When I was in junior high, we had a church camp that involved spending the weekend at church members’ houses. My age group went to Pat and Dave’s house, and the weekend was filled with activities like reading the Bible, staying up late to see if we could make anyone pee in the bed (by dipping their hand in warm water as they slept), and washing each other’s feet. I was mostly good with all of this, except for the feet thing. If you know me at all, you know that I’m not really a foot person. I don’t want to see your feet, and I don’t want you to see mine. There. Now we can be friends.
Anyway, as we sat in our evening circle, the camp leader started reading from John 13 and because he had asked Pat for a basin of water, I knew exactly what he was getting at.
Leader Guy: Now that I, your Lord and Teacher, have washed your feet, you also should wash one another’s feet.
Me (to myself): No. Please, no. I don’t want to take off my shoes.
Leader Guy: Because we are all disciples of Christ, I think we should take this opportunity to go around the circle and wash one another’s feet. As you wash the person next to you, please feel free to tell them that you love them in Christ.
I honestly felt one of my very first anxiety attacks coming on during that circle. Watching my friends (who 18 hours earlier had been trying to make each other pee) suddenly appearing somber and taking off their shoes threw me over the edge. When it was my turn for a washing, I just shook my head and said, “I can’t.”
Leader Guy: We’re all friends. This is a special moment at camp. I wish everyone would participate.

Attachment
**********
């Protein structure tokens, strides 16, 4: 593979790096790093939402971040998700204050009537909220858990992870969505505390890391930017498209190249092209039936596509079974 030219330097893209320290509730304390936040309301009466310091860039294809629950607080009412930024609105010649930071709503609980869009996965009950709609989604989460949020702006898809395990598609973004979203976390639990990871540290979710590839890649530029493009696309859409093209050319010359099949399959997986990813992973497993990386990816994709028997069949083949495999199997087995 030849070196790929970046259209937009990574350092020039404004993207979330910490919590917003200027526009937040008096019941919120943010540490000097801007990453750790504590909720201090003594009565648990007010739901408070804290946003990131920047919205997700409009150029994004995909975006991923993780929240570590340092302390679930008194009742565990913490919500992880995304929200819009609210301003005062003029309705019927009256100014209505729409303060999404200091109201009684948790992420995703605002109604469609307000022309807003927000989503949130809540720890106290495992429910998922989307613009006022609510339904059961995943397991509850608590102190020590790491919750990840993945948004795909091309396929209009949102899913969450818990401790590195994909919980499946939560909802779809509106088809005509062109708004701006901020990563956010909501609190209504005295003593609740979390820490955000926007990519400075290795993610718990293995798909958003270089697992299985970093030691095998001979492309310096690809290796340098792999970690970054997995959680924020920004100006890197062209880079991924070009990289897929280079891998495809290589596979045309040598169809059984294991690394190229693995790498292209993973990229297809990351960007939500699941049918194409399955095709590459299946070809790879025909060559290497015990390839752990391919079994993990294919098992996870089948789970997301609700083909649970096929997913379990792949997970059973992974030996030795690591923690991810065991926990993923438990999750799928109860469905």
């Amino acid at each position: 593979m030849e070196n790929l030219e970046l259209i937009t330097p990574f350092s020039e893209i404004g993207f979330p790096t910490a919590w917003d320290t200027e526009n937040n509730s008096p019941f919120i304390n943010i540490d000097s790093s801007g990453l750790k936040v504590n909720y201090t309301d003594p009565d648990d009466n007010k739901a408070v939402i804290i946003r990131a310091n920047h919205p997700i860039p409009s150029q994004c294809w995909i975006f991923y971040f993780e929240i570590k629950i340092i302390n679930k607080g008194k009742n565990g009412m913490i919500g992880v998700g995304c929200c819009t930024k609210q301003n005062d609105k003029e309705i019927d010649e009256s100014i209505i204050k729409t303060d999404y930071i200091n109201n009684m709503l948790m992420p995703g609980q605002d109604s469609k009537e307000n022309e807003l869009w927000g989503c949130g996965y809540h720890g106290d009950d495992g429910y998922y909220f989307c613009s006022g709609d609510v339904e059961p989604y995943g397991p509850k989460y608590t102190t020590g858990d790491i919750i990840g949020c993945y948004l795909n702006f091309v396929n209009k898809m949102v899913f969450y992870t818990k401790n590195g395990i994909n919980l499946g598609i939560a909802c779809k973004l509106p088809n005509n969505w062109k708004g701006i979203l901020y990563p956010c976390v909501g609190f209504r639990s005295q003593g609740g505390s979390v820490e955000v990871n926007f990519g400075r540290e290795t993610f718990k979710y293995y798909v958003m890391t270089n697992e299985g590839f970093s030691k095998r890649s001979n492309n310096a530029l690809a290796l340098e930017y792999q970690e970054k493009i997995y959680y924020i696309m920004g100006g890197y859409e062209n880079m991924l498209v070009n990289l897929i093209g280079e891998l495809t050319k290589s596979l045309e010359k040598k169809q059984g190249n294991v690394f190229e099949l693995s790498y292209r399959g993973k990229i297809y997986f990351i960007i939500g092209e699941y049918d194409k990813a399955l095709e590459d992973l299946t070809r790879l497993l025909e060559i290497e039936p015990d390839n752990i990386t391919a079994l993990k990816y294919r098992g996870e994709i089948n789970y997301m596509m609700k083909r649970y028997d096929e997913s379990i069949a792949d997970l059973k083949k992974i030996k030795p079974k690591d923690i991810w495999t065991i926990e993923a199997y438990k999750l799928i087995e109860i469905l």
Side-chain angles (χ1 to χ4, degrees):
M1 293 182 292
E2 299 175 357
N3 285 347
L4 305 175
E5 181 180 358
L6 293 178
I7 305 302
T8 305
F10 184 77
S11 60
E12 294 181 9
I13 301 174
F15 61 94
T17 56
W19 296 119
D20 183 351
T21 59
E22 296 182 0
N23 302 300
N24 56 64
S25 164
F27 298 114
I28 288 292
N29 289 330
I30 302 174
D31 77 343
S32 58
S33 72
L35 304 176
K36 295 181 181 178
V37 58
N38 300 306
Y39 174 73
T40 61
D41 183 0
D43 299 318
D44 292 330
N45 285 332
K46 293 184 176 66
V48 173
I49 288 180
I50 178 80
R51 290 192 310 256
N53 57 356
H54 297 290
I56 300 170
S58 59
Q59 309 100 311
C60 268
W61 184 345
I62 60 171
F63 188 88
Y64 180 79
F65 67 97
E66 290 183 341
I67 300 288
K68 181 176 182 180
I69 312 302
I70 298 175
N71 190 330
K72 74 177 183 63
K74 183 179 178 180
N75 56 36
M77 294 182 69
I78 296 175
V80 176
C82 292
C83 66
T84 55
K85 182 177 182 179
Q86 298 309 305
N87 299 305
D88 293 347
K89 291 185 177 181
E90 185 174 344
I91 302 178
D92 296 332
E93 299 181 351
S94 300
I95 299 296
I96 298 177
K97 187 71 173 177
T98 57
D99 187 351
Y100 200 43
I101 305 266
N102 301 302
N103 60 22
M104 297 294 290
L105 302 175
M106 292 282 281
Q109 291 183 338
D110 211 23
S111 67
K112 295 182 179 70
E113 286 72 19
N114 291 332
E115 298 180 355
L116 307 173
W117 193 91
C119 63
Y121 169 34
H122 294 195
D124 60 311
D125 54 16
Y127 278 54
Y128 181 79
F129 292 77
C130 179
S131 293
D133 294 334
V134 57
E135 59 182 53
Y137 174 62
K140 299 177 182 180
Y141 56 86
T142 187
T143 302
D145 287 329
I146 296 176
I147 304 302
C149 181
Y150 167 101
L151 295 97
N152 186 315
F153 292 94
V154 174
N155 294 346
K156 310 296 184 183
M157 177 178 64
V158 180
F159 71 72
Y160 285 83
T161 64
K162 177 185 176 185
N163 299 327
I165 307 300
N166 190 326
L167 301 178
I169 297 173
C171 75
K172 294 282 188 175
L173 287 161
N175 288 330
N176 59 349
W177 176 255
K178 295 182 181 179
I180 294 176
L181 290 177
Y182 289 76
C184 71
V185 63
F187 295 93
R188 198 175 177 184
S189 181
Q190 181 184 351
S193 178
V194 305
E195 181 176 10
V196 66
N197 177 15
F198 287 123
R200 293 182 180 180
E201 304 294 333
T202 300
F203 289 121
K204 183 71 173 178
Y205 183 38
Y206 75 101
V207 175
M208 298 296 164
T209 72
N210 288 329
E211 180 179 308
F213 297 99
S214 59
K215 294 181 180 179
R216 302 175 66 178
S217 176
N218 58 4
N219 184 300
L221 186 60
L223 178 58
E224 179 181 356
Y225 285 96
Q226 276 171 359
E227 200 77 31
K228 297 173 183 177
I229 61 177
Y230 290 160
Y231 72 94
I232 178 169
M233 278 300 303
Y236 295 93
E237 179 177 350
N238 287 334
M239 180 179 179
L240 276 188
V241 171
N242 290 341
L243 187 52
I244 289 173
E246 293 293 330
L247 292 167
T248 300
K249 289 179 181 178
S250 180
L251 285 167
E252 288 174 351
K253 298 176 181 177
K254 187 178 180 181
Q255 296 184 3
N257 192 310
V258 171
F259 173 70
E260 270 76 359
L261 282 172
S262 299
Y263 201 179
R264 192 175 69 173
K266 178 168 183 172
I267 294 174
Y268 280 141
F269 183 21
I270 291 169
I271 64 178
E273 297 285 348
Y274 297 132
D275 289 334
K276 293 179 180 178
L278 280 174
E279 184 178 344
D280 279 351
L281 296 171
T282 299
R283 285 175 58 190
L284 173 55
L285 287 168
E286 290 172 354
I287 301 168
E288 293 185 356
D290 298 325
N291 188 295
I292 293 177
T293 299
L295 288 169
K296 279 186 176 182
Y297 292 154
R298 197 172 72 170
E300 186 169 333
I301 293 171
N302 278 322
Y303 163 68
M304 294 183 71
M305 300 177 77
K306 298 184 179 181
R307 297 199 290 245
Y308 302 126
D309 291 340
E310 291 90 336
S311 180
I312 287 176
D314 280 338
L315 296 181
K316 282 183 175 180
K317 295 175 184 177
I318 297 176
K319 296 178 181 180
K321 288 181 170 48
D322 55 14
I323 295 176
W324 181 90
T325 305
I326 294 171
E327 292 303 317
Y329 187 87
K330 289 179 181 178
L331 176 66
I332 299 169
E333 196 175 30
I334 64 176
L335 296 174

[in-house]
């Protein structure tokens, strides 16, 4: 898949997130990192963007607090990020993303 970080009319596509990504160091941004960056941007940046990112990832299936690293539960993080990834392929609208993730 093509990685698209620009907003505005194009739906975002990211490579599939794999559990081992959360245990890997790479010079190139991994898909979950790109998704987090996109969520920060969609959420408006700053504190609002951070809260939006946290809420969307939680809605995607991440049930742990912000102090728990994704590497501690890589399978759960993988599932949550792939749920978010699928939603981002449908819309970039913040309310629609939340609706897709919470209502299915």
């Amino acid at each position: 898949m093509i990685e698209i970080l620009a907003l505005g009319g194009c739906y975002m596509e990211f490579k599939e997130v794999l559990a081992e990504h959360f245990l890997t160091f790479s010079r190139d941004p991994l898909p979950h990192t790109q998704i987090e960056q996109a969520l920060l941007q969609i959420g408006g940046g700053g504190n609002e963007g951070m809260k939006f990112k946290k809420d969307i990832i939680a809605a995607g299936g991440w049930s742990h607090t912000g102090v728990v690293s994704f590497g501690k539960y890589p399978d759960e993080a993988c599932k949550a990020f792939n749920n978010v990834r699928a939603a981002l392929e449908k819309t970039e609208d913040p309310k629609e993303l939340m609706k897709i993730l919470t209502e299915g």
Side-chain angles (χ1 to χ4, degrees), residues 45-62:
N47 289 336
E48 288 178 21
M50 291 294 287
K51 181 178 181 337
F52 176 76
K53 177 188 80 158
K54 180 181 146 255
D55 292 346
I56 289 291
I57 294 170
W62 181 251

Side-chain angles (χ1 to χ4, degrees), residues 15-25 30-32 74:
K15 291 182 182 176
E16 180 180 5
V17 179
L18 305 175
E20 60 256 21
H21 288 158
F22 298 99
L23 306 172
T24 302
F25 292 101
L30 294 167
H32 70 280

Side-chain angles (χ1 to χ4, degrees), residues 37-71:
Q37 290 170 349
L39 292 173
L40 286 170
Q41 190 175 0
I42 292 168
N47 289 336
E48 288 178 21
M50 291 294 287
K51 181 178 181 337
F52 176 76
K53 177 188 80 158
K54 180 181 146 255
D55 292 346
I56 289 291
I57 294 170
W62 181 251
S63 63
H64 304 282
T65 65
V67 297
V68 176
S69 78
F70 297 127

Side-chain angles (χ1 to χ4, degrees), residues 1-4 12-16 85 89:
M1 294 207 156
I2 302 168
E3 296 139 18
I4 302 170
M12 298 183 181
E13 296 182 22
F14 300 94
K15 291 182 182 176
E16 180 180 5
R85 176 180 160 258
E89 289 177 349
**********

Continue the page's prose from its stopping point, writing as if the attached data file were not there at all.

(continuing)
Me: I’m wearing tights. I can’t take them off.
Leader Guy (eyeing me suspiciously): Oh. Well, can Julie wash your shoes, then?
Me (clearly wearing Tretorns with those pom-pom ankle socks and no tights): Um, yes.
Julie (whispering): You are NOT wearing tights.
Me (whispering): I’m also not having my feet washed with a washcloth that has touched everyone else’s feet!
When Julie was done washing my big stinking liar shoes, I jumped up and went to the bathroom so I wouldn’t have to wash the next person’s feet. (I’m crafty like that.) I killed enough time in the bathroom to make sure that all washing was done by the time I returned to the circle.
Thirty two years later:
This morning Scout went outside in the rain and began digging a hole in the pond that is forming in our back yard. (We’ve had some crazy rain.)
I quickly ran out (with a grocery bag over my head and I’m not really sure why, other than the fact that I’m always trying to make a good impression) and grabbed her. We ran back up the stairs and into the house where I placed her in our utility sink and began to wash her feet. And as I washed her feet she licked my nose, which was her way of telling me that she will soon betray me. Again. Because that’s what she does.